West Virginia’s high obesity rate is at the root of the state’s high diabetes and heart disease numbers, medical experts say. Signs at the mouth of Cabin Creek in Chelyan highlight a modern dilemma.
Seven of West Virginia’s poorest counties cooked healthy meals from scratch five days a week, the entire 2011-12 school year. In a statewide pilot project, the number of children eating school breakfast doubled, and the amount of federal funding has jumped 38 percent. Next year, state officials want to expand.
Mingo County schools have doubled the number of students eating breakfast and lunch. “We’re cooking for a lot more kids this year,” said veteran head cook Lena Lackey. They’re also making food from scratch, five days a week. Yes, she said, it’s more work than heat-and-serve, “but it’s the only solid meals some of our kids get.”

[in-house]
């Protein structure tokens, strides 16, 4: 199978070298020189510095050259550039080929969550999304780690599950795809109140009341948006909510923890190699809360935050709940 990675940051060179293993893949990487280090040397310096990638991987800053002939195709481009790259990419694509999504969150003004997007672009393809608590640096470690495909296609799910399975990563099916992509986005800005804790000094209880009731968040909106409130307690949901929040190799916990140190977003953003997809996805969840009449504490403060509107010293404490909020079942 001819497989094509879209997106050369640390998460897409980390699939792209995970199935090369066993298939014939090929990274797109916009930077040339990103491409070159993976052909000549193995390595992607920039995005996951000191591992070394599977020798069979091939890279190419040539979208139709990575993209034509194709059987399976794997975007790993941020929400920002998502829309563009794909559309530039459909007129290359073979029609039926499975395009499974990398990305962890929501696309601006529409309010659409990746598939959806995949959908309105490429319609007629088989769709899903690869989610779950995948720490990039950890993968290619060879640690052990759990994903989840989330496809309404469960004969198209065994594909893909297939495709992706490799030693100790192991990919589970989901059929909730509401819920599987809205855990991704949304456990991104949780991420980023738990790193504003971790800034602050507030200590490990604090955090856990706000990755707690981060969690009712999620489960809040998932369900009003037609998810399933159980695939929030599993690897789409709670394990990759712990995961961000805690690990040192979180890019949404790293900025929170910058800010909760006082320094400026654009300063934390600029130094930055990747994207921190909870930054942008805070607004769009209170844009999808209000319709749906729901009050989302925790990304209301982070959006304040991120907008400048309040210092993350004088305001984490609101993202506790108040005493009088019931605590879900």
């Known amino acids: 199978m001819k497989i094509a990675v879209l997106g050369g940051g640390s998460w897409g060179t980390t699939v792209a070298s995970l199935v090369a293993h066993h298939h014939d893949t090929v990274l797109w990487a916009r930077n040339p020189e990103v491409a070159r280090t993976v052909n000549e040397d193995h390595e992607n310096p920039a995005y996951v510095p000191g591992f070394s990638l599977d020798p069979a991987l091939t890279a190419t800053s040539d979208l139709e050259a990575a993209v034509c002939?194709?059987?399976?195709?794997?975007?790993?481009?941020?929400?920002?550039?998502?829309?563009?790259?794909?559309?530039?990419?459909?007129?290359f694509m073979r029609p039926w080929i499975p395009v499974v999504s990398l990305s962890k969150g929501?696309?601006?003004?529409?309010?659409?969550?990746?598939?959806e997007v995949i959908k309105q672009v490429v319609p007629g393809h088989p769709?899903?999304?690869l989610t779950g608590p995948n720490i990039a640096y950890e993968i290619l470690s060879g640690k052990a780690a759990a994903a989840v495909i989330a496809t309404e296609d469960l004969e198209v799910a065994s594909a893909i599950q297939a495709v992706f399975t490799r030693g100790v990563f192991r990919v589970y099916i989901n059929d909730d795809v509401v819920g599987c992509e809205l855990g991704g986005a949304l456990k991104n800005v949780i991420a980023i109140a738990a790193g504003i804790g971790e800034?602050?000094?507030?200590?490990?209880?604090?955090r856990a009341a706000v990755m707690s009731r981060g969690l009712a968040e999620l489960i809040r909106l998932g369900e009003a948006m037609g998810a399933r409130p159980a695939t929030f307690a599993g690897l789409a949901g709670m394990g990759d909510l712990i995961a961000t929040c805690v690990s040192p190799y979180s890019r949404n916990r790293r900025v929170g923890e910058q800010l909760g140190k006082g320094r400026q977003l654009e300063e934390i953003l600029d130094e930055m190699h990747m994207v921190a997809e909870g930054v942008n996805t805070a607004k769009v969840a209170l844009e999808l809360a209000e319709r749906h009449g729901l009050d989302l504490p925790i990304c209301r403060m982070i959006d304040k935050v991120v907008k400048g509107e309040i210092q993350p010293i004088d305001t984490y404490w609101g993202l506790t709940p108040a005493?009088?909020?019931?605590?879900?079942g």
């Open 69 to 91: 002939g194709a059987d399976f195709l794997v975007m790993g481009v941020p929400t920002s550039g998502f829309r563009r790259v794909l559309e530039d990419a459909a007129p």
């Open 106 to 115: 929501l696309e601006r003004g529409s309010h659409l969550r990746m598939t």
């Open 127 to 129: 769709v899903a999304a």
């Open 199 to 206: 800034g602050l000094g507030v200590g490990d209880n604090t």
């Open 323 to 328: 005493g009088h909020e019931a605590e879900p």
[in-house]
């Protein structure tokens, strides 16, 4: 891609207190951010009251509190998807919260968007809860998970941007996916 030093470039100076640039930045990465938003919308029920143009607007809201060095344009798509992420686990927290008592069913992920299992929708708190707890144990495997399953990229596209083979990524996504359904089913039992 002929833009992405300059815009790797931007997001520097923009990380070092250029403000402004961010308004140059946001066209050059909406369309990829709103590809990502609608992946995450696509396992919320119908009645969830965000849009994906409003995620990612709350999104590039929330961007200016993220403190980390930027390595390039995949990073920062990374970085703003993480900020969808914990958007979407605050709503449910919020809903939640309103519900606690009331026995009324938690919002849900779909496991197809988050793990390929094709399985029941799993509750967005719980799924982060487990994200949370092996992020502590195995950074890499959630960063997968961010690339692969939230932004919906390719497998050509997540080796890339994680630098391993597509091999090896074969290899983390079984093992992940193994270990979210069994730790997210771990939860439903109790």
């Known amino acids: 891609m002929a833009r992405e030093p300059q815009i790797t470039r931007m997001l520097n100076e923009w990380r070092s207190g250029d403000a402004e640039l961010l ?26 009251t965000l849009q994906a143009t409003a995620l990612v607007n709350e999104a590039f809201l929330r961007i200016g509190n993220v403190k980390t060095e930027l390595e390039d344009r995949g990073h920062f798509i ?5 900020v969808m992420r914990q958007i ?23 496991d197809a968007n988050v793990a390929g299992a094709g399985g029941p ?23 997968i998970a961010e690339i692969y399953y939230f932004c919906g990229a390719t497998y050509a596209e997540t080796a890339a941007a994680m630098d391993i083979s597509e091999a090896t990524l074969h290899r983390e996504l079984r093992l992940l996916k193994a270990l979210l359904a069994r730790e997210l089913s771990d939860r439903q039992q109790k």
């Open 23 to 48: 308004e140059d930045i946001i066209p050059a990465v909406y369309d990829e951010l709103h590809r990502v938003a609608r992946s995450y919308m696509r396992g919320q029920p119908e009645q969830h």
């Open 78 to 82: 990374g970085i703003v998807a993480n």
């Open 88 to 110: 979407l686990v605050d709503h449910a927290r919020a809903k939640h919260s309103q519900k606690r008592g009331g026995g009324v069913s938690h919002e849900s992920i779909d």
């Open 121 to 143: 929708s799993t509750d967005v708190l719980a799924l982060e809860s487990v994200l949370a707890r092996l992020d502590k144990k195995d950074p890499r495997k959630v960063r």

This disease causes heart attacks and leads to strokes, blindness, arm and leg amputations, nerve damage, kidney failure, liver failure. It kills people early. It’s starting to attack children. And it’s everywhere in West Virginia./
Amputation, blindness, kidney disease: a portrait of several West Virginians whose lives have been forever changed by diabetes and a look at West Virginia’s kidney dialysis situation in the face of soaring numbers who need it.
In the latest Gallup Healthways ranking, West Virginia had the nation’s worst scores in 10 out of 12 categories. This state does not have to stay that way. Indeed, it seems plenty of West Virginians are sick and tired of being sick and tired. Continue reading